One of the biggest challenges that Alzheimer's Caregivers face is how to communicate effectively with someone living with Alzheimer's disease. This challenge is particularly difficult when a person living with Alzheimer's becomes nasty and mean.
By Bob DeMarco
Alzheimer's Reading Room
At the beginning, my mother turned meaner than a junkyard dog. She said mean and nasty things to me every day. This was new. My mother had never engaged in these behaviors with me before.
I had a leg up on this one because I studied communication in college and graduate school.
I understood that when my mother said something mean or nasty that it was the Alzheimer's at work. It was not hard to make this cognitive leap. She had never done it before, now she was. What changed? Her brain changed. It was sick.
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Even though I understood what was happening, it still hurt when she said those things to me. She did make me feel angry and sad. Every day. Day in and Day out.
I knew I had to do something. I finally realized something had to change -- the first thing that had to change was me. I was going to need to learn how to label my feelings so I could control what I was feeling. Instead of mad, ready to take action.
I also decided I was going to have to do something to change Dotty. I already knew that trying to reason with someone suffering from Alzheimer's is like trying to jump over the empire in a single bound.
Here is a quick description of one of the things that I did start doing. And yes, over time Dotty stopped saying those mean and nasty things to me.
Everyday, early in the morning, I bend down and say something nice and positive to my mother. While doing this, I put my forehead on her forehead. I try to get her to smile and say "yes". I call this the positive reinforcement part of the process. When I say something nice, and when she responds yes --it anchors her.
I started to do this first thing in the morning several years ago. But not before I discovered that it worked and stopped her from being mean and vicious. I do it now in the same way I do many things -- before it is needed. I call this getting out in front. I also call it getting the day started on the right foot. I don't sit around and wait for the crap to hit the fan.
This is what I started doing in an effort to make my mother feel more secure and to stop saying mean things to me. My hope was that if I could make my mother feel more secure, she would stop being a junkyard dog.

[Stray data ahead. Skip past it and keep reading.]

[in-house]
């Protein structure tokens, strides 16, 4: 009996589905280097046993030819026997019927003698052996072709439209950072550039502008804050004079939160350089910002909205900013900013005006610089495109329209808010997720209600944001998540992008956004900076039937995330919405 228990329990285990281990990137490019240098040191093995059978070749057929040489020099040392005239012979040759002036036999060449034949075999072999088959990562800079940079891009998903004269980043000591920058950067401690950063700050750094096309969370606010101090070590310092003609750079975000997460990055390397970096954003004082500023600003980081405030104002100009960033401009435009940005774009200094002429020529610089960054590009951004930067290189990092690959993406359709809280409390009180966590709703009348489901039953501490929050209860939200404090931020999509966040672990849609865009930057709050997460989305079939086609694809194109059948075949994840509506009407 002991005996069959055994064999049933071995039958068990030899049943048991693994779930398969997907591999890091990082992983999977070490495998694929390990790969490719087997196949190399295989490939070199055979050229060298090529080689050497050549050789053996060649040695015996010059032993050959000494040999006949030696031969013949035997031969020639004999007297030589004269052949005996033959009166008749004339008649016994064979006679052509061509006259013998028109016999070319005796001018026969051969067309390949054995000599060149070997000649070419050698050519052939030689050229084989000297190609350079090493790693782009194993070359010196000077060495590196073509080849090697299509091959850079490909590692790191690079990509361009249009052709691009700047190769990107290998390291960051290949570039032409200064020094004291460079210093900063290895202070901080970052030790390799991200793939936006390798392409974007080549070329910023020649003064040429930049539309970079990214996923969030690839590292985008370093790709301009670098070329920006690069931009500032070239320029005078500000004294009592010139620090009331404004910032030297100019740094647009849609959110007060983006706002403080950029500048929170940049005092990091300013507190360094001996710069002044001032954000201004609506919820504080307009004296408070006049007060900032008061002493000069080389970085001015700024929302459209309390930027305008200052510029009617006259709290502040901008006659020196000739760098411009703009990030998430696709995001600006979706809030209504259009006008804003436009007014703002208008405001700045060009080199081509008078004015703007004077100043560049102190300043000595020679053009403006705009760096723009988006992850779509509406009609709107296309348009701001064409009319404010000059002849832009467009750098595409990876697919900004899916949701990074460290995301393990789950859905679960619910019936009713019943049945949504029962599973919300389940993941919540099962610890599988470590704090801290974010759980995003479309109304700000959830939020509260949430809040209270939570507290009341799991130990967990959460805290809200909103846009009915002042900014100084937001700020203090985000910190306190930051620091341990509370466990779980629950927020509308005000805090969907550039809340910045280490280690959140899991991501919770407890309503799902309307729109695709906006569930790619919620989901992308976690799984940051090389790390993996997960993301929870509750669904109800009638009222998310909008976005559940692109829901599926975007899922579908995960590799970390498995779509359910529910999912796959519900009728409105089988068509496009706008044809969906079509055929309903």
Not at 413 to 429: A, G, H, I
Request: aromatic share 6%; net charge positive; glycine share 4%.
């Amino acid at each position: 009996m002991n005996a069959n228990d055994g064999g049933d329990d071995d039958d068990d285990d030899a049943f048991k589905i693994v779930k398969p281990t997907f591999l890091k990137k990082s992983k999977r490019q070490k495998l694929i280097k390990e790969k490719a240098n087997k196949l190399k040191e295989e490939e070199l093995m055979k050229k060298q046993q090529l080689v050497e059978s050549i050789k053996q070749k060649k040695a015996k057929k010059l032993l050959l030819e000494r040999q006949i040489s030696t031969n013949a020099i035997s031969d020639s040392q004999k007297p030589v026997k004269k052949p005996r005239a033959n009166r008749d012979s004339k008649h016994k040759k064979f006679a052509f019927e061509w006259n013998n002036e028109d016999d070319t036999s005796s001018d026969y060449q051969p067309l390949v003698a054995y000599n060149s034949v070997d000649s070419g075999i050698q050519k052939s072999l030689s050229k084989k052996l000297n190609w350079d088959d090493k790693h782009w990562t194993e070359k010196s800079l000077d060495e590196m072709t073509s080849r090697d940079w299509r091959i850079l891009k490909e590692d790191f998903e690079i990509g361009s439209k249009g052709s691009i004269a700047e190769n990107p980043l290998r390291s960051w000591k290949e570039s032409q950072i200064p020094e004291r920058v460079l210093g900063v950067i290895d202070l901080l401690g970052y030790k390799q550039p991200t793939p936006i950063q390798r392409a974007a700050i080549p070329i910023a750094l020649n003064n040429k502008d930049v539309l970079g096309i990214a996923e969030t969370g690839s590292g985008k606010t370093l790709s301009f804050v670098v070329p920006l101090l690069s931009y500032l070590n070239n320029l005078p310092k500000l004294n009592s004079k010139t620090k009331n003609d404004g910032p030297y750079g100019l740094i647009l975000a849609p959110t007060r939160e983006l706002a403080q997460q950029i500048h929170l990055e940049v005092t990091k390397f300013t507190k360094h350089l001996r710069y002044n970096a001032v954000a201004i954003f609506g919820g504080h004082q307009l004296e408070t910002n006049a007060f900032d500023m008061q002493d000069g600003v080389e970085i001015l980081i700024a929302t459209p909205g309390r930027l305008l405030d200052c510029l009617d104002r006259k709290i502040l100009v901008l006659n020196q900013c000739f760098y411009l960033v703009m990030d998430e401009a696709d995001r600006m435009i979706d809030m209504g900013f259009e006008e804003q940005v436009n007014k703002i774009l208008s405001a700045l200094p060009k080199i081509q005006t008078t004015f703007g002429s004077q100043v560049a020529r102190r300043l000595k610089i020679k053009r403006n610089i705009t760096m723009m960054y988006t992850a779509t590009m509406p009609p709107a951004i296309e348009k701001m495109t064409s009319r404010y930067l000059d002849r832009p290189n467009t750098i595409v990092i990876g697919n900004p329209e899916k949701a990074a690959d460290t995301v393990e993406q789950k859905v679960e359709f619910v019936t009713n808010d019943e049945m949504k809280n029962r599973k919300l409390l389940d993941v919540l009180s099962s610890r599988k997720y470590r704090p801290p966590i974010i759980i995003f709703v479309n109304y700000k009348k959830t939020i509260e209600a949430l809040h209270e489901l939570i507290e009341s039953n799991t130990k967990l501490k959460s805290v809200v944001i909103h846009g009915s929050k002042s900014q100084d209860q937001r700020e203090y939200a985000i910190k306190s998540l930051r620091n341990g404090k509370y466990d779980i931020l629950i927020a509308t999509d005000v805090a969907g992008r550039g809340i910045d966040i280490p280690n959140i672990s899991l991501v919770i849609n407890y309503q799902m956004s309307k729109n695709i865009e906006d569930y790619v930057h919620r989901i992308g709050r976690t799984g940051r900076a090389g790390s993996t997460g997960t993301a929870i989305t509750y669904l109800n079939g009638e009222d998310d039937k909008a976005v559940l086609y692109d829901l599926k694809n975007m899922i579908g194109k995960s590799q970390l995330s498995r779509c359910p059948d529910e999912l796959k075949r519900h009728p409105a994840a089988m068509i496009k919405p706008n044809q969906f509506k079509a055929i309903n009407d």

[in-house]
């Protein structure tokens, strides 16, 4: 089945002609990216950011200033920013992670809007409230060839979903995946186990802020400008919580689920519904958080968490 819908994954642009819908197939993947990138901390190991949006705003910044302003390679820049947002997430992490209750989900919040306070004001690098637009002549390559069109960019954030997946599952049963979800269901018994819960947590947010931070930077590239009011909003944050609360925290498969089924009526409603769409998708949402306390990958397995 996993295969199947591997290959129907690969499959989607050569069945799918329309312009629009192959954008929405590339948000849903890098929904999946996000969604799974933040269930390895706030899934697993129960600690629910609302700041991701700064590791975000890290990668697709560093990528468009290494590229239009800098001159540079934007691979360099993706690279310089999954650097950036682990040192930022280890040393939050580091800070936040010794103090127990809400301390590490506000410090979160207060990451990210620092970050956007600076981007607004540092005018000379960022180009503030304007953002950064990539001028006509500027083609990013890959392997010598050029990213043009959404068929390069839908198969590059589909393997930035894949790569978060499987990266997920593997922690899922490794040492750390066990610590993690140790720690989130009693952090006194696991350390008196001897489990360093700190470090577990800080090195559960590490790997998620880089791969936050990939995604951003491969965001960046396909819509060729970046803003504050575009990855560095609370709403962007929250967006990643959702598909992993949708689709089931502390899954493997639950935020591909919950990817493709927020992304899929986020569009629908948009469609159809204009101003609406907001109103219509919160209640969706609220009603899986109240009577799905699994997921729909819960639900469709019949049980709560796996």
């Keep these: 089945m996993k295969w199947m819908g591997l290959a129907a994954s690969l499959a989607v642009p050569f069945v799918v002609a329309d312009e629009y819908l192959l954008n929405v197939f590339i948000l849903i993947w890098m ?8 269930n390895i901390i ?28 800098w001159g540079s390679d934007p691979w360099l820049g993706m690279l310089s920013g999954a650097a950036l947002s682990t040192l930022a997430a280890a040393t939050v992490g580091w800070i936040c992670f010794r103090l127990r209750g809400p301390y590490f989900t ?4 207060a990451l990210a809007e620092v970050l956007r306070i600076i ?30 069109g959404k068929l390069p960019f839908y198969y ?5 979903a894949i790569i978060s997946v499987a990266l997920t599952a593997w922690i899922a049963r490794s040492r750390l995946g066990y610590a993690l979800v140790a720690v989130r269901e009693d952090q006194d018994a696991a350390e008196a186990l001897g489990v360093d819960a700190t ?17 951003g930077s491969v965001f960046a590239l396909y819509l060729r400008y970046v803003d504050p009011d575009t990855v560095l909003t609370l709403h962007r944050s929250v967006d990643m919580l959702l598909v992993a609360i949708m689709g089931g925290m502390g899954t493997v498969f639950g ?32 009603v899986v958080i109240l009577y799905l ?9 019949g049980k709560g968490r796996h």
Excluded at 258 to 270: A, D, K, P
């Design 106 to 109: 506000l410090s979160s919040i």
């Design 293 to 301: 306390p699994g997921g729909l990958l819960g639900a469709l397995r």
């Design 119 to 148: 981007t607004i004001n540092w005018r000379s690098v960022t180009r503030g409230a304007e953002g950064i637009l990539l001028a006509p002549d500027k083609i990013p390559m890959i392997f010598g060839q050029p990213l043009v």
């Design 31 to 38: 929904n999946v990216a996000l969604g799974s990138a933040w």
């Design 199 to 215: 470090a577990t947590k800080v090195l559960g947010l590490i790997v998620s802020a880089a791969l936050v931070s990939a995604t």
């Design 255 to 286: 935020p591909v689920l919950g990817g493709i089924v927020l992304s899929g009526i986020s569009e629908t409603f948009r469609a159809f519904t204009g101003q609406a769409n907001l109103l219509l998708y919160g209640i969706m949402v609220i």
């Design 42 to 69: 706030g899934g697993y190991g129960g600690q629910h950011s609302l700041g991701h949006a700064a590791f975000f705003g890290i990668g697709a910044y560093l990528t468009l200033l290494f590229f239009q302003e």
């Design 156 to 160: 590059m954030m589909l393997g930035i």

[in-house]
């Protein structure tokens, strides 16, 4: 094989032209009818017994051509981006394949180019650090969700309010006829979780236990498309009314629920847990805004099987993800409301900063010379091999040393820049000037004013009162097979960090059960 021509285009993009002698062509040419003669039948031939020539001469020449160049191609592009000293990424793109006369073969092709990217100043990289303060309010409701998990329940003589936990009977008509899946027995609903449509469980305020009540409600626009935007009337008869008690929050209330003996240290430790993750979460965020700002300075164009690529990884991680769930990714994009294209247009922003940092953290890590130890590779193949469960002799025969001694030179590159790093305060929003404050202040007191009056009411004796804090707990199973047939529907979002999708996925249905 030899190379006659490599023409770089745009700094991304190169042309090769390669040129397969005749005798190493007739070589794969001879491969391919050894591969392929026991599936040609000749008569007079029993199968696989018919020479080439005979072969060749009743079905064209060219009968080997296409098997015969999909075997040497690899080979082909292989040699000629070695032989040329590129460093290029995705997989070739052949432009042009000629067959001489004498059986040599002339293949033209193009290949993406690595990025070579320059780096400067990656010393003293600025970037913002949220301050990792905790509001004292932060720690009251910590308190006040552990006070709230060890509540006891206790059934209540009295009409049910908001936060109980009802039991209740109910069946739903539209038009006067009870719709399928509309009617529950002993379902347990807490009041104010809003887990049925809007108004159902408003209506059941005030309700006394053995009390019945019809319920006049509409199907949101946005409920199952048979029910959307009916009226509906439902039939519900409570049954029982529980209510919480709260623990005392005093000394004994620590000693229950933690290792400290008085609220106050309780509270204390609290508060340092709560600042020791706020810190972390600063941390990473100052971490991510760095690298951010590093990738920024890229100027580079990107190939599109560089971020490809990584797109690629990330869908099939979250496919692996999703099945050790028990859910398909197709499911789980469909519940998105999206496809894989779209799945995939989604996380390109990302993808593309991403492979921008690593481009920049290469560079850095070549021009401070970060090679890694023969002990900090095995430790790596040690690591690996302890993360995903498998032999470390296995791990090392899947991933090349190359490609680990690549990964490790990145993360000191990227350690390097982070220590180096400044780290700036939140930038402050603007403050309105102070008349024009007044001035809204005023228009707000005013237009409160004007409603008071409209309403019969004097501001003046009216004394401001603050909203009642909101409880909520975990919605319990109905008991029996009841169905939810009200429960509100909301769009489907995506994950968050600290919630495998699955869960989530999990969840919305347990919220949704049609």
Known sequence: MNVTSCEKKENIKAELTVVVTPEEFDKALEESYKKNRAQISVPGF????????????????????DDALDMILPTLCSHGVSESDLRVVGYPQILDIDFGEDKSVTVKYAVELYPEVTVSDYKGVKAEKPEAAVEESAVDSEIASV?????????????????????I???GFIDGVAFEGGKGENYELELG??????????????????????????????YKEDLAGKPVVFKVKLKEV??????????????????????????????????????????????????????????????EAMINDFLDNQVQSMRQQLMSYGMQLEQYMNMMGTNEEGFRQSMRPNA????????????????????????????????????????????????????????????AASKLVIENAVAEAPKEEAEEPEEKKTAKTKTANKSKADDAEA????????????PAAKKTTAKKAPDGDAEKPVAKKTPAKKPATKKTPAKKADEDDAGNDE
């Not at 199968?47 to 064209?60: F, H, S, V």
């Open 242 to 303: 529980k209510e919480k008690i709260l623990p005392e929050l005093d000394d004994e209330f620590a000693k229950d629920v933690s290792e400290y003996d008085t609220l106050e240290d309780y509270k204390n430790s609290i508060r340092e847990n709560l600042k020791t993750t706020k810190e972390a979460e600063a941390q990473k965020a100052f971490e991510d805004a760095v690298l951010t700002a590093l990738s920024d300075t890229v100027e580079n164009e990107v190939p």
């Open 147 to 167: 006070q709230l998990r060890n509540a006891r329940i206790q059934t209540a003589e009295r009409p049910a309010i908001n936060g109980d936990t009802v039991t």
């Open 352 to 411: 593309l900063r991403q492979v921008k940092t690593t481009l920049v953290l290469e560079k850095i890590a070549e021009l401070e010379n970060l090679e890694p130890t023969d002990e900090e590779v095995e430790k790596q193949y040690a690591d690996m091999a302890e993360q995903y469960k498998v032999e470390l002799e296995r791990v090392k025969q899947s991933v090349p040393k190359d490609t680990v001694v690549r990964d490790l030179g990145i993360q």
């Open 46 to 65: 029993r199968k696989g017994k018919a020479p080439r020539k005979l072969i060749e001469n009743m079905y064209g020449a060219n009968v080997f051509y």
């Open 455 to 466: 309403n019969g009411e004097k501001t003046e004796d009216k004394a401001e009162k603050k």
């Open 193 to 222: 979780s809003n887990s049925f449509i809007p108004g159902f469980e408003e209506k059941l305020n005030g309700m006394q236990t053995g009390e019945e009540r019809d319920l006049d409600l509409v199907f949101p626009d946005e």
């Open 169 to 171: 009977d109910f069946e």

When my mother would say something mean and nasty to me like,
I would smiled at her, put my head against her forehead, and say something positive like,
"I am here, and I am not going anywhere". While my forehead was still attached to hers I added something like,I was hoping beyond hope that somehow my mother would come to believe we were a team.
"We are both here to take care of each other, we need each other".
The instances of my mother's meanness and nastiness have declined dramatically. Today, she is more like the sweet person I always knew.
I believe the combination of touch, positive reinforcement, the calmness in my voice, and the smile did the trick. It really wasn't hard to do. I did need a lot of practice on the emotional side. I had to get control of my emotions. I had to learn to meet meanness with Kindness.
On the other hand, the words came easy because I meant and believed every word I said.
Over time I learned how to communicate in a new, different, effective way. This is pleasing to me, and makes me feel happy.
I relearned something I already learned a long time ago. You get more with sugar than you do with vinegar.
I guess you could say, I became a better person along the way.
I could thank Alzheimer's for this. I won't.
Thank you, Dotty.
Don't be afraid to try it. I'm confident it will change your life.
Bob DeMarco is the Founder of the Alzheimer's Reading Room (ARR). Bob is a recognized expert, writer, speaker, and influencer in the Alzheimer's and Dementia Community worldwide. The ARR Knowledge Base contains more than 4,900 articles and 368,000 links. Bob lives in Delray Beach, FL.
Original content Bob DeMarco, the Alzheimer's Reading Room